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20121205
20121213
Search Results 0 to 7 of about 8 (some duplicates have been removed)
's probably the best way to describe the fiscal talks between president obama and house speaker john boehner. with christmas less than two weeks away, the white house is faced with the same key question. can boehner deliver the votes for whatever deal they agree on? >> i remain optimistic and i'm pretty confident that republicans would not hold middle class taxes hostage to try to protect tax cuts for high income individuals. >> but with time running out, neither side seems to have budged very far from the original proposal. the only good news about what happened in the past 24 hours, they are not publicly trashing each other's proposals. on monday the white house sent boehner a counteroffer which at beast can be incremental movement. almost on the details of the offer are under wraps. the $1.6 trillion in tax revenue the president was demanding can come down to slightly under 1.4 trillion. it's still $600 billion higher than the republican position. in a signal to the president in his conference, basically said the president's counteroffer was uncut. >> where are the president's spending cu
michigan plant, the white house came out against the move sighing president obama has long opposed right-to-work laws and continues to oppose them now. by the way, a quick little aside on this disagreement among conservatives about what tactic boehner should take "the journal" versus kristol. this gives boehner more room, more power, more of an ability to get a deal done because there isn't conservative consensus on how to back seat cut boehner. secretary of state hillary clinton finishes up her final weeks as america's top diplomat and has to contemplate her next move. the clinton world is not sitting quietly, though. t "the new york times" kicked off what is likely to become a monthly exercise by somebody in the media. we may come up with a meter. probably throw in jeb in there, right? we should call it the hillary jebatron version 2016. probably jon stewart starting that up already. jodie cantor interviewed a number of clinton aides about future plans and strikingly a lot of them talked. while clinton has dozens of options when she leaves the state department, cantor makes a smart obs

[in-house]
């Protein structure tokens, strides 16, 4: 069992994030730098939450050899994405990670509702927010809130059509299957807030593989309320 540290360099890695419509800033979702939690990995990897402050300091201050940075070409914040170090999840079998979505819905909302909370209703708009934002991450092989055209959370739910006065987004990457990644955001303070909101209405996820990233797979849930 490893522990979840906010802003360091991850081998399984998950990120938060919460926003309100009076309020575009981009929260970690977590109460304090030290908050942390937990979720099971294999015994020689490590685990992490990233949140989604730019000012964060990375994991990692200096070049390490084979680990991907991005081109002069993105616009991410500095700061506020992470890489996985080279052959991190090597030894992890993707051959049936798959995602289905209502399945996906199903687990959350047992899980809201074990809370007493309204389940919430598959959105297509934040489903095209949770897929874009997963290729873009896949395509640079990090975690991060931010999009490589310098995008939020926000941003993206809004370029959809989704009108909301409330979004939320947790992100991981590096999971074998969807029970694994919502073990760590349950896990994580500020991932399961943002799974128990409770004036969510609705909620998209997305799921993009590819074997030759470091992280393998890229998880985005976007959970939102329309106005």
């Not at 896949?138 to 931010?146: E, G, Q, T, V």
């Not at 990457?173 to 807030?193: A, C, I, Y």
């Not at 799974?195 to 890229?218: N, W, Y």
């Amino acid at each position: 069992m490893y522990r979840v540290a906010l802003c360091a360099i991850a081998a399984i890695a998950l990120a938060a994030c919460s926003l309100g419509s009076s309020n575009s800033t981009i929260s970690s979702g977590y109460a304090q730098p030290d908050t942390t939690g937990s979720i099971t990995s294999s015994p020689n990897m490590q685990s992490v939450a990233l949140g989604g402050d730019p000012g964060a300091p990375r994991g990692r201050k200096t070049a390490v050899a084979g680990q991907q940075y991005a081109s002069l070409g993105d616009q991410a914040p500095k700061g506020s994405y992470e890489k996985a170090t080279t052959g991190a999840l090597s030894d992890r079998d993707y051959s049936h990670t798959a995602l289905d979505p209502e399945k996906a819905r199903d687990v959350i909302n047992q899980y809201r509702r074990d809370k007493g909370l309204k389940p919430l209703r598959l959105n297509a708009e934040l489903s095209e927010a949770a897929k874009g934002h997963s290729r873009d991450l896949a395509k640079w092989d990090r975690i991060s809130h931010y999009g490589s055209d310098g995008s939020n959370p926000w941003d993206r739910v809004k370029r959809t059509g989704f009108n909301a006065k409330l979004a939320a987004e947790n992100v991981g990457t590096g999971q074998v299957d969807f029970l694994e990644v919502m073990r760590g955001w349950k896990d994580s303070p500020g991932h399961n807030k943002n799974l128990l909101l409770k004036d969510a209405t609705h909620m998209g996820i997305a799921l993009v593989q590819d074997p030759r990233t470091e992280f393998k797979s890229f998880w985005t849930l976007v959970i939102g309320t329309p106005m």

to draft such a plan to compromise on a tax rate above 35% but below 39.2% unless the white house agreed to a tax revenue target well below the $1.6 trillion obama has demanded over the next decade. hello. open door anybody? that door on rates is clearly not entirely shut on the republican side nor on the president's side. "the post" lays out a scenario in which the house could adopt two competing bills, one extending the bush rates for everyone including the wealthy. the other extending the bush rates just for those making less than $250,000 a year. it gives republicans the opportunity to vote on both bills. both bills would then go to the senate. which would just pass the middle class tax cut bill or the house would end up passing what the senate already passed and that other bill just goes to die. so with it looking less and less likely washington will go over the cliff, that's gone. here are the real questions now. one, how big a deal will the parties make before the end of the year? two, have republicans stumbled into what could be political leverage at least in the short term? if a